So, I started learning Excel during weekends in the office as I did not have the computer at home back then. I would spend weekends in office practising various Excel formulas, pivot tables and charts. I showed off my skills to my manager, and he encouraged me to prepare internal team reports in Excel. I did that for about six months when my manager informed me there would be an opportunity in Gurgaon Dell office for Data Analyst role. I was excited and worked hard to prepare for the interview. I attended the interview and showed what I had been doing and some sample reports. I was offered the role, and I moved away from Call Centre to Dell IT team.
I did not stop there, I went on acquiring new skills continuously. Learning new things and practising them has become a habit and I had started enjoying the process.
- Self-taught Excel and VBA
- Chose a mentor (Amit Pandey) to teach me SQL Server. Spent many weeks learning SQL Server SPs, understanding DB internals and the DBA world. Then I wrote the certification and cleared the SQL Server certification.
- Self-taught and used video tutorials to learn C#, SSIS, SSRS, SSAS and QlikView. I was new to OOPS, and I did not understand anything when I started, but I continued to read and watch different materials. I used to go to the local library in London almost every weekend and spent all day (9 am to 6 pm) studying and practising. It was stressful, but again I knew it would all become very useful shortly. Moreover, it did make sense, and I felt a little bit comfortable with OOPS and with data warehousing/BI skills.
- I enjoyed working with QlikView. So, I had spent much time answering questions on Qlik Community and one point I was amongst top 30 Qlik Community contributors. Qlik Community helped me with the opportunity to answer a variety of questions posed by other QlikView developers. I decided to start my blog and wrote around 100+ articles including the video tutorials. I had also started understanding various ETL and data architectures.
- Currently, pursuing a master’s degree in Data Science from the University of London (part-time) in the evenings. I am learning R and Python as part my master’s degree curriculum.
Kunal: You had no background in analytics and data science. Neither were you from a strong education background. What kind of challenges did you face in reaching here? And what are key decisions in shaping your career?
Deepak: Currently, I am pursuing Masters in Data Science from the University of London as part-time. I study from 6 pm – 9 pm while working full time and I have a one-year-old baby to take care of.
However, I do not have strong academic and engineering background. I did my bachelor’s in Journalism and another one in commerce. I had studied while working. So, I had to pursue all my education through distance learning. It was not easy at all as I was doing odd jobs initially. I accepted that learning is a continuous process and it takes the time to master a subject.
Here are a few stories about my journey till now:
The story of Job Number # 7: Joining as a Night Watchmen / Security Guard for computer institute.
During my initial journey I wanted to learn computers, but I couldn’t afford to pay for the training institutes neither I had a computer at home. I thought I should find a way to learn computers. I directly approached computer institutes in Hyderabad with my resume asking for any roles. A lot of them said no, but one of them said – they need someone to sleep in the institute in the night times as security guard and also to open the doors early in the mornings for students.
I was embarrassed and felt uncomfortable being a security guard. But I thought who cares, no one is watching me, and at the same time, I will get access to the computers all night. And they kindly agreed for me to sit in whatever training classes I was interested in learning. I saw this as a tremendous opportunity while it is uncomfortable then. I decided to try it anyway, and I’m so glad I did that.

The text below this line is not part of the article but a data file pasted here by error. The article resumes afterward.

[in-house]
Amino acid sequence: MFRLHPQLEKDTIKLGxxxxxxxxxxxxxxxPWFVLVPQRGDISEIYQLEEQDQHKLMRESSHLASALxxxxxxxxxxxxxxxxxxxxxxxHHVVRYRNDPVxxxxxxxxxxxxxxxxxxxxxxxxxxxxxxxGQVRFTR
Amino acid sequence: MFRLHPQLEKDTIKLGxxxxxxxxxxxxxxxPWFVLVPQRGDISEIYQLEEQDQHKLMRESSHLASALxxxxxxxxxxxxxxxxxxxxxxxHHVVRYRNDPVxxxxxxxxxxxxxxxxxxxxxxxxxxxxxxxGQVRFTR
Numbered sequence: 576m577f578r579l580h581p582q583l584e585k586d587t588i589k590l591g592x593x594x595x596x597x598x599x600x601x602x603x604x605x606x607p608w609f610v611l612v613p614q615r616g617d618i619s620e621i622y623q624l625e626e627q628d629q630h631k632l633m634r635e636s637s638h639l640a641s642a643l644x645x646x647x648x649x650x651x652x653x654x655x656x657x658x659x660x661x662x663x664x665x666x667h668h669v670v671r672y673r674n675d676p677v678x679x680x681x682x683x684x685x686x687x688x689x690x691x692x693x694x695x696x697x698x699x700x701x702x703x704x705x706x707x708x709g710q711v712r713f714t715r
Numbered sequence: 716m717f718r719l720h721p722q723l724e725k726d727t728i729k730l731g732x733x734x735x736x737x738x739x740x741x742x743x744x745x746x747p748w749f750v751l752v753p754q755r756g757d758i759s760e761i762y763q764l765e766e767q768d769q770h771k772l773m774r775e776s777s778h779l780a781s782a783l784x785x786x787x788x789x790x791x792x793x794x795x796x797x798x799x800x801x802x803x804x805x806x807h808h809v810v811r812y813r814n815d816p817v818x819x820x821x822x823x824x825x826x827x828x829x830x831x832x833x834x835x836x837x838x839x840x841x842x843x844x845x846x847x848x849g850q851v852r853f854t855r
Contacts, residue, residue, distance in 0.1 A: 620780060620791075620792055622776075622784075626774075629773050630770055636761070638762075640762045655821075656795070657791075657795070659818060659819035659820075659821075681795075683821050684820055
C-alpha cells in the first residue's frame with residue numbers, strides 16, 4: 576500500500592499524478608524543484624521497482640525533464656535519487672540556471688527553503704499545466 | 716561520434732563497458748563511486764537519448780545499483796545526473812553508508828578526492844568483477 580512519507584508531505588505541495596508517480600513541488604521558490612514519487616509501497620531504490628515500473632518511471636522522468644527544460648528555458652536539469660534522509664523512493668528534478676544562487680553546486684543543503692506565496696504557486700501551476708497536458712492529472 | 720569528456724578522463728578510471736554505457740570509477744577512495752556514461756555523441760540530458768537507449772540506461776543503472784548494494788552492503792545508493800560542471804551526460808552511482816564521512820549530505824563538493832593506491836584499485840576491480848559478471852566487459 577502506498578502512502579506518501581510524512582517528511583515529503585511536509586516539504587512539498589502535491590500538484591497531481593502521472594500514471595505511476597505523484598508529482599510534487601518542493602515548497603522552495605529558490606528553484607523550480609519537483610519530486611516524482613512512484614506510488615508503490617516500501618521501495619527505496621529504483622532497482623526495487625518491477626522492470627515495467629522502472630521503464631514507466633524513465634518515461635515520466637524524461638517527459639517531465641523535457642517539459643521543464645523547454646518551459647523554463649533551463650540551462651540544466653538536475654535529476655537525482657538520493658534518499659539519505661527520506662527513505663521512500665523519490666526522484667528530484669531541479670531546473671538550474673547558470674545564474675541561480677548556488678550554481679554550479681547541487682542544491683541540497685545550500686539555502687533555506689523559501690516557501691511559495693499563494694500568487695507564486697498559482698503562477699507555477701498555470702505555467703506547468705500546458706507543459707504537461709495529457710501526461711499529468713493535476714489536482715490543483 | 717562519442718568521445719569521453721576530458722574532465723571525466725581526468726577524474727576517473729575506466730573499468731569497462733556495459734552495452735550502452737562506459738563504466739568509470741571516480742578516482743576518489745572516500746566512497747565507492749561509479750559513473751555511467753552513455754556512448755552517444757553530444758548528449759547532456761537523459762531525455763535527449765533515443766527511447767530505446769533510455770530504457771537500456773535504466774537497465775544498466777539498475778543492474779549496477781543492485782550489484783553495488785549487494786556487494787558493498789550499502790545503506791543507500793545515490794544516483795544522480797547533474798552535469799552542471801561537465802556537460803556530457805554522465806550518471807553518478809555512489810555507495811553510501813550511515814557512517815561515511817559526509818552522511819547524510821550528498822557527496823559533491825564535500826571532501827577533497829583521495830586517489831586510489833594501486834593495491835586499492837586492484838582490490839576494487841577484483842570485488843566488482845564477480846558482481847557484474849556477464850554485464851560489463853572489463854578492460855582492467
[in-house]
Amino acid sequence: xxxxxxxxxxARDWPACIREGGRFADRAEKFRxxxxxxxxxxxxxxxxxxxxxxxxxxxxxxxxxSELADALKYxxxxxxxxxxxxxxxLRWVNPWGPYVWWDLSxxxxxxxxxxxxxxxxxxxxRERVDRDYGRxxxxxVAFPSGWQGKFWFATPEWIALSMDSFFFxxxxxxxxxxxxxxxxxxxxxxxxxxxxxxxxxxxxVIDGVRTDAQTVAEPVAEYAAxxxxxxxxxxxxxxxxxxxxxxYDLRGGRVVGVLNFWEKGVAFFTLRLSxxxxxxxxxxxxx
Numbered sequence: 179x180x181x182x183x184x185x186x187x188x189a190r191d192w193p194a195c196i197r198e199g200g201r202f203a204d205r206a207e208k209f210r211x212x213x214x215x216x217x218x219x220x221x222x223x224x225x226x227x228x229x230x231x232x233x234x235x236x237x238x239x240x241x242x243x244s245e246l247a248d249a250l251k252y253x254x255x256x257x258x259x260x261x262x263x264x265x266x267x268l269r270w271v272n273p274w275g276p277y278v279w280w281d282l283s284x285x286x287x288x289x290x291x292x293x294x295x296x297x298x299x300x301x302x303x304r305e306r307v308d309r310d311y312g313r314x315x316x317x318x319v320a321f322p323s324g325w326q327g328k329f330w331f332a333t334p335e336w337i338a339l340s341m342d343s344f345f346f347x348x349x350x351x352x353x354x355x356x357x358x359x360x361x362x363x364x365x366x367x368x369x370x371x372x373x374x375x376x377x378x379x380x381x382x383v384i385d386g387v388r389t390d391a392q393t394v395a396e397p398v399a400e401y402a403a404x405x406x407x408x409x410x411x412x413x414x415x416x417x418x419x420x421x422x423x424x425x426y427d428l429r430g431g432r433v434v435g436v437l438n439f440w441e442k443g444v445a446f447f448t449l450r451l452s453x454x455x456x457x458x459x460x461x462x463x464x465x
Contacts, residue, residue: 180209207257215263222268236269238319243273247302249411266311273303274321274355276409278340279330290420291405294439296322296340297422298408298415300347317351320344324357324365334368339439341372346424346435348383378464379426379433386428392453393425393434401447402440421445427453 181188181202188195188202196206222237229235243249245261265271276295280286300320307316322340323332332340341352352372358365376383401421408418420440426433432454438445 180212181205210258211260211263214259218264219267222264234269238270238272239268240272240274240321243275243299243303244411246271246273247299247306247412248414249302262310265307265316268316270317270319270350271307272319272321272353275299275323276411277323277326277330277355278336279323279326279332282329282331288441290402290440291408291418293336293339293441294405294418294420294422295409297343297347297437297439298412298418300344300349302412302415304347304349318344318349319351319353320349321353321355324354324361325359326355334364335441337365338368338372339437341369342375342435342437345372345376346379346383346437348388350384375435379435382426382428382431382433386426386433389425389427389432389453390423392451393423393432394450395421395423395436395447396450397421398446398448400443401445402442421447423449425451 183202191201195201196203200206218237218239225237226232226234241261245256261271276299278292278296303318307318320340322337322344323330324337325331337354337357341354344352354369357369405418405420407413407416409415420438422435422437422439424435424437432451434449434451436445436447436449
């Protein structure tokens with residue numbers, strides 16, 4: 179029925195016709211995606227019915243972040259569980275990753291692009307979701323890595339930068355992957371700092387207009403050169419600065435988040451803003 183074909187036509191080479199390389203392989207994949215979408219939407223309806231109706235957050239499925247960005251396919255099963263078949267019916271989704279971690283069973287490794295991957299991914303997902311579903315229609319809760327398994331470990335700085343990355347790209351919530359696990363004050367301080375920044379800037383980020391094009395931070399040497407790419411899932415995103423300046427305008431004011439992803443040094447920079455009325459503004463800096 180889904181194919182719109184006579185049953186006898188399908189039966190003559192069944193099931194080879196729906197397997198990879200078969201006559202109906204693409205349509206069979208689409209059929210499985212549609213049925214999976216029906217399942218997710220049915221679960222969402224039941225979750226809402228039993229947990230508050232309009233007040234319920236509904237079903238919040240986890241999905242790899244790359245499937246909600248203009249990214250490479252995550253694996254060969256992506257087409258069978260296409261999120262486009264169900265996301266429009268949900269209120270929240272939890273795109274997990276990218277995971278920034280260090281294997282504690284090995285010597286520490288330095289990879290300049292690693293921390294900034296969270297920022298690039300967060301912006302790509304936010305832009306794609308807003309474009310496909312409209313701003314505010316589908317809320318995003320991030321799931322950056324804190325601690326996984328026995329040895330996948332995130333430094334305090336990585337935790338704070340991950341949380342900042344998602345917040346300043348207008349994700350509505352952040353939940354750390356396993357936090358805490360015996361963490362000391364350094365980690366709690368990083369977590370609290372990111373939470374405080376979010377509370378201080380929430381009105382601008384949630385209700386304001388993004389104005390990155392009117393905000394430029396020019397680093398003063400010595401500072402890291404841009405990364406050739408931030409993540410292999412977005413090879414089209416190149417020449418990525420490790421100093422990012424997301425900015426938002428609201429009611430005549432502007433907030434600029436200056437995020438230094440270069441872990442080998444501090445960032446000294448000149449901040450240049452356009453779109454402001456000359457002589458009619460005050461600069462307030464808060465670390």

I tried learning C language but it didn’t make sense at that time as I didn’t have math or CS foundation and I couldn’t follow the lectures. I decided to take design classes – Photoshop, Illustrator and Coreldraw. As they were interesting and I always loved the design. So, I took the classes and practised almost every night for 2–4 hrs. Within a couple of months, I did pick up decent skills.
After six months as a night watchmen or security guard. I got a job as a DTP operator paying me more than bartender job. And I continued to improve my skills on other design packages then.
Looking back, this was a good decision as I moved into computer based jobs instead of odd jobs.
Story of Job Number # 13: Coming to the UK with Dell Exit Compensation
While I was working as a Data Analyst role in Delhi. Dell made structural changes to operations team (I was part of Operations team as Data Analyst). And management asked me to take a manager role in the call centre business in Hyderabad or Bangalore (then). My gut feeling was I need to have independent skills and not Dell specific skills. So, I wasn’t too interested in the managerial position. Most of my colleagues took that opportunity except two of us. We were asked to leave Dell as they don’t have any Data Analysis roles in India. I was offered compensation of 7 months’ salary as worked for 3.5 years.
It was a hard and emotional decision as I enjoyed my time working at Dell and made loads of friends. I took a holiday for two weeks and went looking for a job to assess the market outside. There were no phone calls nor interviews and my two weeks ended quickly. But a friend suggested me to try HSMP (UK Visa). I thought I don’t stand a chance as I didn’t see myself Highly Skilled then. But I thought I should try or else I will end up regretting not trying. So I took the compensation and applied for HSMP. And thankfully all worked in my favour. I got the visa, and I was left with £700 to come to the UK. I was told there were no jobs in the UK. And it was 2008 beginning and recession started. I decided to come anyway thinking I can work in supermarkets as I had done all sorts of jobs in the past. Again, I got interview call within a week, and Survey Solutions hired me within two weeks of landing in London.
Story: Almost redundant